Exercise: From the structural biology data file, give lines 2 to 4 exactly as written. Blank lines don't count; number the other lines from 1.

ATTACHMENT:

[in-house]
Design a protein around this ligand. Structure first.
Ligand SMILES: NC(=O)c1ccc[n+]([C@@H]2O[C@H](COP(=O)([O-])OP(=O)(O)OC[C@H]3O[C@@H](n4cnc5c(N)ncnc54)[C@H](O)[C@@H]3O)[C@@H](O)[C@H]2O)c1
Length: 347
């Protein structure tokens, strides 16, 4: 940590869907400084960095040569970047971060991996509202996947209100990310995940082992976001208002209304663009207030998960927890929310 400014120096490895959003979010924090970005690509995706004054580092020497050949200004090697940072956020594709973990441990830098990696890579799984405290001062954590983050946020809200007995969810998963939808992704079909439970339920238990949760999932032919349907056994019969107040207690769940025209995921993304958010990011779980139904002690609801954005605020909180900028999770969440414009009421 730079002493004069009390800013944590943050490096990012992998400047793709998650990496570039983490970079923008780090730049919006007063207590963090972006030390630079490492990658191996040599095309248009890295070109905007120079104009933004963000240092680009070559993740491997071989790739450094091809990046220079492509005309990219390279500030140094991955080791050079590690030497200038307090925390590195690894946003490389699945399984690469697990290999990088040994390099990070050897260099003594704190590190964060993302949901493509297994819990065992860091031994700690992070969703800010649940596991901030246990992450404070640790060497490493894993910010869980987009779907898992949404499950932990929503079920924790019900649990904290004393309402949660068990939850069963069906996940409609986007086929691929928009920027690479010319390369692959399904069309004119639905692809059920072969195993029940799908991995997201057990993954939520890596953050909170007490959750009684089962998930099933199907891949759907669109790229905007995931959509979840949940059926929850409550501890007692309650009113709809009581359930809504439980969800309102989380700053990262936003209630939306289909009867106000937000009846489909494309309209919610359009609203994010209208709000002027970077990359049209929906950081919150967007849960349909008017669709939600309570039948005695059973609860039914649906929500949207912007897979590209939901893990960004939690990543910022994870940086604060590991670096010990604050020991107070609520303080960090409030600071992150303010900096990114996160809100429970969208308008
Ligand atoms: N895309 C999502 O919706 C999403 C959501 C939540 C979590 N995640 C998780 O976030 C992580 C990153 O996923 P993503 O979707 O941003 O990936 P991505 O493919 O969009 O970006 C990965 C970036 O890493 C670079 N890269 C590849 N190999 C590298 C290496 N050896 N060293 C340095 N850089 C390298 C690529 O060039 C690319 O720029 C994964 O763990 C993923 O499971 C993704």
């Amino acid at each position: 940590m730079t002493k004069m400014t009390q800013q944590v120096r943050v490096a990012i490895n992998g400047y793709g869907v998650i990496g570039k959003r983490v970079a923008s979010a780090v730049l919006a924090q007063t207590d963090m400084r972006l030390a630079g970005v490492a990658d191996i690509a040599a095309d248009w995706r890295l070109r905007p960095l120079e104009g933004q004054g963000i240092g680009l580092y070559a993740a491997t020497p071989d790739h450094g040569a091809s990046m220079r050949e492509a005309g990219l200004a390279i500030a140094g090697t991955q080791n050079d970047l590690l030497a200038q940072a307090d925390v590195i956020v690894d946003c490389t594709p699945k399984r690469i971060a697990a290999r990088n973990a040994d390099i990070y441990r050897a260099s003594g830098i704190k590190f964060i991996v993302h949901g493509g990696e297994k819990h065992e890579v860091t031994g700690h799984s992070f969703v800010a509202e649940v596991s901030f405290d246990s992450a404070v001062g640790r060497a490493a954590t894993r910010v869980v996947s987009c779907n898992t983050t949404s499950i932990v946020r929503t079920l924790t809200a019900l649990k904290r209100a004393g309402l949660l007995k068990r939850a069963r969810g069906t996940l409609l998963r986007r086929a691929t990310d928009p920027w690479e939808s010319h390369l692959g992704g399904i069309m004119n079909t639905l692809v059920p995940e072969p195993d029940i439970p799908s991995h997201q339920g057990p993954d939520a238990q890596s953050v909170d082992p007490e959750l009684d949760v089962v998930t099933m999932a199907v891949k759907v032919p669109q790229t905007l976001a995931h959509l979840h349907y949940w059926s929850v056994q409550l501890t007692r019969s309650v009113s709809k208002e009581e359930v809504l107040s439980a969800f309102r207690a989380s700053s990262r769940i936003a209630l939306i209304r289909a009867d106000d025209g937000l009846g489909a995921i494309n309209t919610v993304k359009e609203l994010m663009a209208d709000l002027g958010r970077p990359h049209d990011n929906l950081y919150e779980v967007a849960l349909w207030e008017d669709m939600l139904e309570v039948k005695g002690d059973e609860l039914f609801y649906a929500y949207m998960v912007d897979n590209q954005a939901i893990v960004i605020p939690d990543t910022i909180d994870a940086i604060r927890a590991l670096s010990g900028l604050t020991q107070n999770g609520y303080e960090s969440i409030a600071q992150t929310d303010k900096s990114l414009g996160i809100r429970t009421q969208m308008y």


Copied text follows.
Design a protein around this ligand. Structure first.
Ligand SMILES: NC(=O)c1ccc[n+]([C@@H]2O[C@H](COP(=O)([O-])OP(=O)(O)OC[C@H]3O[C@@H](n4cnc5c(N)ncnc54)[C@H](O)[C@@H]3O)[C@@H](O)[C@H]2O)c1
Length: 347